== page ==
GRT unveils first electric bus Aims to replace entire fleet with electric vehicles by 2026

Alicia Wang

Yesterday, Grand River Transit (GRT) unveiled its first all-electric bus at the newly built 305,000 sq. ft. Northfield Drive Maintenance Facility. The electric bus is the first of 11 that will be rolled out over the course of the next few months.

The unveiling event featured several speakers including Kitchener South-Hespeler MPP Jess Dixon,  regional chair of the Waterloo Region Karen Redman, and director of transit services for GRT Doug Spooner. 

“It’s exciting as we add more vehicles, more operators and more hours of service to meet the growing demand for transit,” Spooner said. He explained that after a week of road testing, the new bus will begin operating on routes six and 21. 

Data on how the electric buses perform on their routes will also be collected to inform how GRT incorporates the electric buses. 

Currently, GRT utilizes a combination of diesel and hybrid vehicles, though they stopped purchasing diesel vehicles in 2021. The hybrid vehicles produce lower emissions than diesel vehicles by combining a diesel engine with battery-electric propulsion. As the electric buses run solely on battery-electric propulsion, they will need to be charged which takes about four hours and will typically be done overnight at the garage, though some systems allow for charging on the go.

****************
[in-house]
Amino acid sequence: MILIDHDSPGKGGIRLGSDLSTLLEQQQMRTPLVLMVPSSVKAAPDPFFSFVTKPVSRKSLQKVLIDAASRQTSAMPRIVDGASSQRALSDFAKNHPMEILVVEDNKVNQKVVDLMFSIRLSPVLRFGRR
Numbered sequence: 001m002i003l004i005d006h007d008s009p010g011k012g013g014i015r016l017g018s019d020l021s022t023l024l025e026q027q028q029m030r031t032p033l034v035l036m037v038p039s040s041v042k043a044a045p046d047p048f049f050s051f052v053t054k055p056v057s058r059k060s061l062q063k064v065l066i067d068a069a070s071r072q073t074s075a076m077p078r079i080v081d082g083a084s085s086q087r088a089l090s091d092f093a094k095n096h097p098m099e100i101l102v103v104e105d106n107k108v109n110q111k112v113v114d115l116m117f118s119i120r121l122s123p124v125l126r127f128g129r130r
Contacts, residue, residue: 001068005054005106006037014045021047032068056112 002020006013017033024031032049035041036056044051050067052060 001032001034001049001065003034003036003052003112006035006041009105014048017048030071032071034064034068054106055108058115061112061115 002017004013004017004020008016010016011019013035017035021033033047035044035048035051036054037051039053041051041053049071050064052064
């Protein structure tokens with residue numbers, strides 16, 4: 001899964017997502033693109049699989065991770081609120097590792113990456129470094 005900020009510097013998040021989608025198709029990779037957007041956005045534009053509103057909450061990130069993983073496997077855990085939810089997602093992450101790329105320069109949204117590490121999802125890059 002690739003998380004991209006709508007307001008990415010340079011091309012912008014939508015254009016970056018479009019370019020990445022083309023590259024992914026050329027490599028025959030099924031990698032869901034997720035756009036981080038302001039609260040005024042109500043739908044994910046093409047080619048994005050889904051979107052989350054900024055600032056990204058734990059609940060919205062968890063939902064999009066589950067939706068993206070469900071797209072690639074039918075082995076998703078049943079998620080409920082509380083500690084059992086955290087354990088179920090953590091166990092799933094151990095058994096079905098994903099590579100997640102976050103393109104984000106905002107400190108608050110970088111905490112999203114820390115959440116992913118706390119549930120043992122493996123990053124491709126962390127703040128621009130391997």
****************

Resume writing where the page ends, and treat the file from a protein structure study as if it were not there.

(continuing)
Spooner thanked the regional council and the provincial and federal governments for their support, as funding for the buses has been split between Infrastructure Canada, the Ontario Ministry of Transportation and the Region of Waterloo. He also thanked GRT staff for their consistent efforts. 

“When other people stay in, we go out,” he said. “And it’s really rewarding when we get days like this to recognize the efforts of our team.”

Spooner explained that the order for the buses was put in two years ago, after which GRT worked with the manufacturer to ensure the buses met GRT specifications. The buses are Nova Bus LFSe+, which don’t emit greenhouse gas emissions and are “designed to meet the sustainability needs of transit authorities”.

Though he could not provide a specific answer explaining the delay of the electric buses from the initial plan of launching in spring 2023, “I would guess that it was just supply chain and manufacturing [issues].” 

Waterloo MPP Bardish Chagger lauded the student engagement involved in the improvements. “They’ve been showing up and that’s where we know that there’s challenges between peak hours. And so we want to make sure that we’re part of the solution.” 

Andres Valencia, a fourth-year UW planning student at the event, said he welcomed the additions, but that there was still work to be done. “​​As a planner, I think that [investments into electric mobility are] important … and that is something that we got to keep pushing.”